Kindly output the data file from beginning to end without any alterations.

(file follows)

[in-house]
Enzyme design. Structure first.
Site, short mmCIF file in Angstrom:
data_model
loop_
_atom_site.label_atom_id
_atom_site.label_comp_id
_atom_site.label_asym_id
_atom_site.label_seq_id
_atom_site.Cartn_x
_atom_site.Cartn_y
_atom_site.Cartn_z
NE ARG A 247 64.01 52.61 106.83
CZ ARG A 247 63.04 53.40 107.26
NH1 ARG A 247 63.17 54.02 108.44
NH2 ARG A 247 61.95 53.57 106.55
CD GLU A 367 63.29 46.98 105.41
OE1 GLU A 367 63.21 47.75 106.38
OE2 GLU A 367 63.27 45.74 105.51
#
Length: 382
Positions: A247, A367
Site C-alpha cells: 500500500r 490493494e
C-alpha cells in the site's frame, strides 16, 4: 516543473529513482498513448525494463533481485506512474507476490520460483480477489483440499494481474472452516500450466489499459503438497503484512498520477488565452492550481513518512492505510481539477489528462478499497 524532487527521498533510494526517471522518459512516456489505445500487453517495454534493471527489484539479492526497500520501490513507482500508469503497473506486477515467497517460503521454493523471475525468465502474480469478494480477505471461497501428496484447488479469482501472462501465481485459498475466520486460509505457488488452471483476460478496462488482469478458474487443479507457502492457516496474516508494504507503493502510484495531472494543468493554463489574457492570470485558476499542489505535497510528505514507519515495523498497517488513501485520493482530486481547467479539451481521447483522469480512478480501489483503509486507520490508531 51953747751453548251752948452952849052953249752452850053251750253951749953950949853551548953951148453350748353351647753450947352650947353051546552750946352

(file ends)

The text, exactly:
[in-house]
Enzyme design. Structure first.
Site, short mmCIF file in Angstrom:
data_model
loop_
_atom_site.label_atom_id
_atom_site.label_comp_id
_atom_site.label_asym_id
_atom_site.label_seq_id
_atom_site.Cartn_x
_atom_site.Cartn_y
_atom_site.Cartn_z
NE ARG A 247 64.01 52.61 106.83
CZ ARG A 247 63.04 53.40 107.26
NH1 ARG A 247 63.17 54.02 108.44
NH2 ARG A 247 61.95 53.57 106.55
CD GLU A 367 63.29 46.98 105.41
OE1 GLU A 367 63.21 47.75 106.38
OE2 GLU A 367 63.27 45.74 105.51
#
Length: 382
Positions: A247, A367
Site C-alpha cells: 500500500r 490493494e
C-alpha cells in the site's frame, strides 16, 4: 516543473529513482498513448525494463533481485506512474507476490520460483480477489483440499494481474472452516500450466489499459503438497503484512498520477488565452492550481513518512492505510481539477489528462478499497 524532487527521498533510494526517471522518459512516456489505445500487453517495454534493471527489484539479492526497500520501490513507482500508469503497473506486477515467497517460503521454493523471475525468465502474480469478494480477505471461497501428496484447488479469482501472462501465481485459498475466520486460509505457488488452471483476460478496462488482469478458474487443479507457502492457516496474516508494504507503493502510484495531472494543468493554463489574457492570470485558476499542489505535497510528505514507519515495523498497517488513501485520493482530486481547467479539451481521447483522469480512478480501489483503509486507520490508531 51953747751453548251752948452952849052953249752452850053251750253951749953950949853551548953951148453350748353351647753450947352650947353051546552750946352